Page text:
(n.) A striking against; the collision of one body against another; the stroke that touches anything.
(n.) A stroke of success in an enterprise, as by a fortunate chance; as, he made a hit.
(n.) A peculiarly apt expression or turn of thought; a phrase which hits the mark; as, a happy hit.
(n.) A game won at backgammon after the adversary has removed some of his men. It counts less than a gammon.
(n.) A striking of the ball; as, a safe hit; a foul hit; -- sometimes used specifically for a base hit.
(1) Philip Shaw, chief economist at broker Investec, expects CPI to hit 5.1%, just shy of the 5.2% reached in September 2008, as the utility hikes alone add 0.4% to inflation.
(2) Sierra Leone is one of the three West Africa nations hit hard by an Ebola epidemic this year.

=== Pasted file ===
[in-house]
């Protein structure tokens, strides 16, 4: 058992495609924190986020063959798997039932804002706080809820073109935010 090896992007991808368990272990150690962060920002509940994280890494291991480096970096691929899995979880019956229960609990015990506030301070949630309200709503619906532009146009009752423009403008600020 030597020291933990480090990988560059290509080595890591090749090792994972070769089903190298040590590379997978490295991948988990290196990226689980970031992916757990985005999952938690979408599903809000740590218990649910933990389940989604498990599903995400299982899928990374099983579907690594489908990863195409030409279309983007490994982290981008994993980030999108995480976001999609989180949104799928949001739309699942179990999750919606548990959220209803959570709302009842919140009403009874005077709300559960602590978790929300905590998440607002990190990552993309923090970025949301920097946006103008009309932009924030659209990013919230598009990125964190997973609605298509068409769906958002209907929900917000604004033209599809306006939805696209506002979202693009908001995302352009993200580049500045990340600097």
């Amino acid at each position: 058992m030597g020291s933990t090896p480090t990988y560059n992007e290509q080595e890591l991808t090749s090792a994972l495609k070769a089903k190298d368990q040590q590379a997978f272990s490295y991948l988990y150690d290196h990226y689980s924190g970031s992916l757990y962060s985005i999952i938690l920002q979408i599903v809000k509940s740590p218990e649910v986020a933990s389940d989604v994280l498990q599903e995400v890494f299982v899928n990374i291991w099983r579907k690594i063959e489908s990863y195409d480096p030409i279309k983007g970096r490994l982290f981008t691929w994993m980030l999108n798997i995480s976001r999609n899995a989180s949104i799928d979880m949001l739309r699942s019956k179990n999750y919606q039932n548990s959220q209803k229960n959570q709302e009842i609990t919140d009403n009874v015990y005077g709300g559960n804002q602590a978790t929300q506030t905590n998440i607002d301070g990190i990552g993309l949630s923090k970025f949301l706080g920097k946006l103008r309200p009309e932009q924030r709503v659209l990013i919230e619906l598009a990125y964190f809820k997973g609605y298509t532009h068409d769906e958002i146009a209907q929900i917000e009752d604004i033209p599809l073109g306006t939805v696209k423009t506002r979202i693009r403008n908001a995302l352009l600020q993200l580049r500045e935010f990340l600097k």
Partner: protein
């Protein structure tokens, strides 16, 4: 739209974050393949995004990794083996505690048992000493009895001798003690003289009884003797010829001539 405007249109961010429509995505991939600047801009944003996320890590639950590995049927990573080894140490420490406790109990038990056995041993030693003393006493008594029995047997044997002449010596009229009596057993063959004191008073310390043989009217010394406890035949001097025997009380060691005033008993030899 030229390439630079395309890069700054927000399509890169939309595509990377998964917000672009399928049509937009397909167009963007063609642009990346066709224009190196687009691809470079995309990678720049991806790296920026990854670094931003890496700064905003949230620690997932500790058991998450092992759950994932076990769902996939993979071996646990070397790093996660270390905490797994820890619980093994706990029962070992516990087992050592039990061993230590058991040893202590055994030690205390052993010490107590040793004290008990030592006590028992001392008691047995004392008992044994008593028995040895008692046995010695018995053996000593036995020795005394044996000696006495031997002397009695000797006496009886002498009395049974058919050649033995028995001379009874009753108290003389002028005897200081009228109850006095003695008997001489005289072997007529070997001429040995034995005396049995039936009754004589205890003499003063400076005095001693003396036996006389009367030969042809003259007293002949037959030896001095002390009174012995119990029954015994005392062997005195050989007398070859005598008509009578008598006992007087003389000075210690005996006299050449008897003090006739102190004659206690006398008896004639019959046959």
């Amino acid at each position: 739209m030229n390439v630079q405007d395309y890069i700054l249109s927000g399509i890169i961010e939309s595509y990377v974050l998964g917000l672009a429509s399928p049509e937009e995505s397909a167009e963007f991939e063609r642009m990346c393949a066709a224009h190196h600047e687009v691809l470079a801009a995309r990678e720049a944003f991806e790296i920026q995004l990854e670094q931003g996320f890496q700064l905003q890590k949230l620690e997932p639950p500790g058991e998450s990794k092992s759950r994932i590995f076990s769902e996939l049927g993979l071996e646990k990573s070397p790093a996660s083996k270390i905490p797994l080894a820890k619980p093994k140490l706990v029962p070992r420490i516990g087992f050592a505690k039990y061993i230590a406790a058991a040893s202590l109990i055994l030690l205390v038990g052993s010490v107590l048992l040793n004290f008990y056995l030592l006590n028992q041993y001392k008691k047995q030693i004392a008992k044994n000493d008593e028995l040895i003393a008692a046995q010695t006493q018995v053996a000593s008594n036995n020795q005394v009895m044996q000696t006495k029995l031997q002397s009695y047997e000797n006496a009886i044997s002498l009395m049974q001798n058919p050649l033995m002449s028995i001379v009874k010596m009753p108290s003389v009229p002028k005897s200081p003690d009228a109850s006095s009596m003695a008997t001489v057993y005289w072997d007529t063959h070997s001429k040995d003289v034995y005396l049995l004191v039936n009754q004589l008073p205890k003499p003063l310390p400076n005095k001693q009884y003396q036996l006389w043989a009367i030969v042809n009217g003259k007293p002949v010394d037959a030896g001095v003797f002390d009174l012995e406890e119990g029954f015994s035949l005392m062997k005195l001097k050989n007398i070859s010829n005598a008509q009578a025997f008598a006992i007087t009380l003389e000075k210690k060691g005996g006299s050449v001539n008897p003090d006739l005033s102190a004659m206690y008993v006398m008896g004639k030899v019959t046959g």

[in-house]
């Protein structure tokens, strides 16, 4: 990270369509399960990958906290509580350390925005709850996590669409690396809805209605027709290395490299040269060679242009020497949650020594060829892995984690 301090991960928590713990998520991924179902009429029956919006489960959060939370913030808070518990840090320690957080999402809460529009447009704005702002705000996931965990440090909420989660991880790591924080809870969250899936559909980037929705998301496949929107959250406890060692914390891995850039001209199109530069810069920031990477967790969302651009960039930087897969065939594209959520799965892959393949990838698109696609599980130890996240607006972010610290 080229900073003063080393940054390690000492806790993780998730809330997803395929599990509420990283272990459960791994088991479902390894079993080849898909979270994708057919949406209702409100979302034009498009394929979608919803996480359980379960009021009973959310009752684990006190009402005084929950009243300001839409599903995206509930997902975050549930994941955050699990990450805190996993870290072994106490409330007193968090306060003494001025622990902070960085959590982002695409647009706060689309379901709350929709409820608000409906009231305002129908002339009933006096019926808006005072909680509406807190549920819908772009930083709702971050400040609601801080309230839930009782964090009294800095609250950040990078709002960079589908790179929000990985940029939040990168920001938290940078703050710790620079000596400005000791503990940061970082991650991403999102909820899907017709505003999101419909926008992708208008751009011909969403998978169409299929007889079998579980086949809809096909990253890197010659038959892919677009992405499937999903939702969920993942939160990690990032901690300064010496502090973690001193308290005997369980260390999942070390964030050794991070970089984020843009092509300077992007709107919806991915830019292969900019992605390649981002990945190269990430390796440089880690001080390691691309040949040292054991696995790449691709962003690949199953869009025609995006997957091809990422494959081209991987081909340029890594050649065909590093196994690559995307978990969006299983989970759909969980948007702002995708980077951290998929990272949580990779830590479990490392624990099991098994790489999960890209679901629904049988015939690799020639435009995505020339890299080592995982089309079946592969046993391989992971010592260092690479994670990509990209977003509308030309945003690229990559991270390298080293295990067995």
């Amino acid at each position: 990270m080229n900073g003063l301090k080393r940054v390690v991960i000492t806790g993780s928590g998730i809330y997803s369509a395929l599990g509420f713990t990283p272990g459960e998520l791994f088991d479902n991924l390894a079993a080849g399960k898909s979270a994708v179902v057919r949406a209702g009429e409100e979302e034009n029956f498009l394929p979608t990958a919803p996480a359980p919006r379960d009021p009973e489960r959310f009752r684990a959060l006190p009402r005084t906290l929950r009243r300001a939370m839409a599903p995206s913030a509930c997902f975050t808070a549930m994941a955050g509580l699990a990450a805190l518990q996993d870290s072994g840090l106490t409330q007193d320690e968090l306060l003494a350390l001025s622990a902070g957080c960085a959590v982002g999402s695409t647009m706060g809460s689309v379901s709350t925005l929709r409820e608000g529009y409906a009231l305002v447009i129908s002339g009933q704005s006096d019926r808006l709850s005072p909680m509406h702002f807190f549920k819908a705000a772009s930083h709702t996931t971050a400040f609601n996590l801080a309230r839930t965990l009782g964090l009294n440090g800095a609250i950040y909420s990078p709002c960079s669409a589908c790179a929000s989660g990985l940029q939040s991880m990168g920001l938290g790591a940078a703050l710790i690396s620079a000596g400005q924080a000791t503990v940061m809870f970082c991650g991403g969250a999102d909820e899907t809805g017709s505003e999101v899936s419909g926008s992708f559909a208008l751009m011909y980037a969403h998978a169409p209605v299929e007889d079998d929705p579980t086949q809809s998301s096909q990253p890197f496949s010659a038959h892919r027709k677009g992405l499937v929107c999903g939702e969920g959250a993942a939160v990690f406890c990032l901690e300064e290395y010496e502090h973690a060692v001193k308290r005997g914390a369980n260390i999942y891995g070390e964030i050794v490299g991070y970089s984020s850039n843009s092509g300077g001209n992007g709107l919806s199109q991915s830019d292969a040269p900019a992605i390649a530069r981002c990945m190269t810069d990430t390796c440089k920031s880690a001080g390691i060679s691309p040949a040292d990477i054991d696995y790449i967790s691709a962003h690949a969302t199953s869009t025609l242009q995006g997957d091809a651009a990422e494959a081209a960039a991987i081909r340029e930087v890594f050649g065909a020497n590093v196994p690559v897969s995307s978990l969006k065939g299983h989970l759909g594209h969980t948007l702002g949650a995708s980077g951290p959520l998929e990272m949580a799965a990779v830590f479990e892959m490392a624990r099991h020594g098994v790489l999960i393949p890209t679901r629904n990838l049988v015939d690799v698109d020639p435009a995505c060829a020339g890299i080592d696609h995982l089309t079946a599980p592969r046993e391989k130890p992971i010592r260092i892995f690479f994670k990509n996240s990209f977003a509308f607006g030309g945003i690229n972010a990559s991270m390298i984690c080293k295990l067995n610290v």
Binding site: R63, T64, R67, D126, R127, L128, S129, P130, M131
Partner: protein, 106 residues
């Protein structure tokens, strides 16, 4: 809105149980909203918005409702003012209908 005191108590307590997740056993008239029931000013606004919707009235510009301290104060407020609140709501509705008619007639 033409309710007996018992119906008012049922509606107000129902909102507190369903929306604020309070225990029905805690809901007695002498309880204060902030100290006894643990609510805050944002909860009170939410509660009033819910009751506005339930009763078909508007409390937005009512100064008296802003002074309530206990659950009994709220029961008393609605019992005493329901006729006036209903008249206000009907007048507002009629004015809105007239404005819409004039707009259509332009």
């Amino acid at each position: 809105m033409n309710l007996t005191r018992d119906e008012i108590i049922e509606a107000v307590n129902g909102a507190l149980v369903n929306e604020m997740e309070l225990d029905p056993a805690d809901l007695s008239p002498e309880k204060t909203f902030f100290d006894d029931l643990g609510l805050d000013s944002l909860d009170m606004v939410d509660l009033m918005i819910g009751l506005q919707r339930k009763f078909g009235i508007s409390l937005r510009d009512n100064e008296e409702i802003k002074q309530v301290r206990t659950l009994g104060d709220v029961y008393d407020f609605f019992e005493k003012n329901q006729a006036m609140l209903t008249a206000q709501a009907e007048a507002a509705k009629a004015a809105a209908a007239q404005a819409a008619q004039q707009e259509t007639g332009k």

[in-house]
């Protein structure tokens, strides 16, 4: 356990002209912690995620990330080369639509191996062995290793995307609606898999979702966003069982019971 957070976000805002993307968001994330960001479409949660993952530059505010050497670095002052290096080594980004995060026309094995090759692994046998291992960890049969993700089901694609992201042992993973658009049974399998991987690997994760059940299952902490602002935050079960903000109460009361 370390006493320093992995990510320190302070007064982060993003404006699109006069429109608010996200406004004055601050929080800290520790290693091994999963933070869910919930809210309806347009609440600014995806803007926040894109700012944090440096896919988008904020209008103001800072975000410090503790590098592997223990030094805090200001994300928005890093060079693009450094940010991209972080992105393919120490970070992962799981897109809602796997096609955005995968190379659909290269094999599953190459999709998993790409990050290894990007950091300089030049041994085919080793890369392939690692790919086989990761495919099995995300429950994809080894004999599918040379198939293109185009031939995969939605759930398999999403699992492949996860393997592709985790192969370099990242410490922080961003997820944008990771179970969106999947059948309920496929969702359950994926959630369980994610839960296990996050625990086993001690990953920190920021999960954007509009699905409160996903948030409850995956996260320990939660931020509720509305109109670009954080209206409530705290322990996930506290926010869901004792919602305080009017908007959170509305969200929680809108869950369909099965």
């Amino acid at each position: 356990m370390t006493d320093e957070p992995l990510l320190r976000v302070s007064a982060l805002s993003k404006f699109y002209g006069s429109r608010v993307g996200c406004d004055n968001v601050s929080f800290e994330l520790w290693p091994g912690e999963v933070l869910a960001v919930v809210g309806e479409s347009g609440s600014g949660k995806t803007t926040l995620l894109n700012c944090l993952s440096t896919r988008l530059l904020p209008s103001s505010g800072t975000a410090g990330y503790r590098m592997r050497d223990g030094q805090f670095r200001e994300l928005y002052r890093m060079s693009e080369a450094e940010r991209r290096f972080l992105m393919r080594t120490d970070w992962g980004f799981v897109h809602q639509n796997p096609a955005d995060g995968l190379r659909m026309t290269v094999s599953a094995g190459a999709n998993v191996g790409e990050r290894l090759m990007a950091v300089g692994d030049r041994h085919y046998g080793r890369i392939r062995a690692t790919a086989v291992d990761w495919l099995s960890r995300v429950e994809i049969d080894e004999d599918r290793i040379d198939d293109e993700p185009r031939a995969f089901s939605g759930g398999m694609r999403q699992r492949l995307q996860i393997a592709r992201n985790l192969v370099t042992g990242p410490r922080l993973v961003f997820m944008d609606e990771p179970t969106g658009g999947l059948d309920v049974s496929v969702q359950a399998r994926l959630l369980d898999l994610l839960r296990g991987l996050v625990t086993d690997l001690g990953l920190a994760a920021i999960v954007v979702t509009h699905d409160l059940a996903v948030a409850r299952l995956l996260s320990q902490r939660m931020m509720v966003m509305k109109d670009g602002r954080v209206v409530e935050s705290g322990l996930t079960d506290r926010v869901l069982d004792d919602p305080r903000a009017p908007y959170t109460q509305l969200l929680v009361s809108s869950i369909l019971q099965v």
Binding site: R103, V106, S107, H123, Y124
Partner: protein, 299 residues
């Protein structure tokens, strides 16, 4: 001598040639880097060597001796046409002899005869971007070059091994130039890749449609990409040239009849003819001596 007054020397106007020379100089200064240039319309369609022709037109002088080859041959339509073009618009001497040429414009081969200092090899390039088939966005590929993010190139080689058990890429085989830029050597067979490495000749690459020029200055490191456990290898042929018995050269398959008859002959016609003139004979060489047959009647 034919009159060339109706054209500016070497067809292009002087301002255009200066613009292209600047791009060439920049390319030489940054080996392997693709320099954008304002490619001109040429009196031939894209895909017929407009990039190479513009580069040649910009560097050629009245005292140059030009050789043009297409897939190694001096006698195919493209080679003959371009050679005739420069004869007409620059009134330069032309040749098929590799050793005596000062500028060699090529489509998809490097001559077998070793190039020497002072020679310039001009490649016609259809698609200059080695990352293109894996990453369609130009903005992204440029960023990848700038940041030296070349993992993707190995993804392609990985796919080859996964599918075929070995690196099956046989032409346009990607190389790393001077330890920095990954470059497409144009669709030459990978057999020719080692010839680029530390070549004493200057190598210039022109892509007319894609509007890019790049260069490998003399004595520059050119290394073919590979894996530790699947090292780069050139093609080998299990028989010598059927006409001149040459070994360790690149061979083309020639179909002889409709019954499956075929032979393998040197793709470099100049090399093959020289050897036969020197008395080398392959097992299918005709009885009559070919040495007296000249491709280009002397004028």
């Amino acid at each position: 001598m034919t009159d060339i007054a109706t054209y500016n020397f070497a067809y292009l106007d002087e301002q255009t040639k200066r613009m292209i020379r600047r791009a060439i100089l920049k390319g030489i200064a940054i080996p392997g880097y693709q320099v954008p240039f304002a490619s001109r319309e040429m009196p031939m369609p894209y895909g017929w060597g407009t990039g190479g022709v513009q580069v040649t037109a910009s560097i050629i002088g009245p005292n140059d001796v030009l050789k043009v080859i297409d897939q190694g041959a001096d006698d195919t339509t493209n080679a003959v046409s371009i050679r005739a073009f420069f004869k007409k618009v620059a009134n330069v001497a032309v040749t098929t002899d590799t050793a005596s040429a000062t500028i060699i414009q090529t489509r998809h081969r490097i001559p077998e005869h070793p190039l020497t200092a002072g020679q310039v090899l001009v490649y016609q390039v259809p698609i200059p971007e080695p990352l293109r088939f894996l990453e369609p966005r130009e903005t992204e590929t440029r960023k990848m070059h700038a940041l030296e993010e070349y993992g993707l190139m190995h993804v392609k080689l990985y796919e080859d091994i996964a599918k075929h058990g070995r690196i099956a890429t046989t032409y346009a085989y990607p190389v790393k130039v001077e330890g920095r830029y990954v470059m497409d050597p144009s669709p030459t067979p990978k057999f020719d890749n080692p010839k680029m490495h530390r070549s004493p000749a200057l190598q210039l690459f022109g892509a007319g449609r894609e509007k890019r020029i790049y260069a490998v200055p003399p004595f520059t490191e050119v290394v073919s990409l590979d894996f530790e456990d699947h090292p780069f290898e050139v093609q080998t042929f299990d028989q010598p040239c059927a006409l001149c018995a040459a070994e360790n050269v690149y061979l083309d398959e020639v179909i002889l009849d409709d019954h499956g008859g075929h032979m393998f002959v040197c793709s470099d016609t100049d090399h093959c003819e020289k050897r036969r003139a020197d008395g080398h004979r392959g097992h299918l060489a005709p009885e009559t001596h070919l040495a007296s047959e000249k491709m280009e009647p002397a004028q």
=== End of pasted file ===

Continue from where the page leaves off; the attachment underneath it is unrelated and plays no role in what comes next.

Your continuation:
(3) But the wounding charge in 2010 has become Brown's creation of a structural hole in the budget, more serious than the cyclical hit which the recession made in tax receipts, at least 4% of GDP.
(4) David Cameron last night hit out at his fellow world leaders after the G8 dropped the promise to meet the historic aid commitments made at Gleneagles in 2005 from this year's summit communique.
(5) Hanley Ramirez was hitting behind Michael Young and now he's injured.
(6) Botswana, Kenya, Somalia and the Democratic Republic of the Congo have also been badly hit.
(7) We are better off in.” Out campaigners have claimed that the NHS could be badly hit by a decision to stay in the EU.
(8) What shouldn't get lost among the hits, home runs and the intentional and semi-intentional walks is that Ortiz finally seems comfortable with having a leadership role with his team.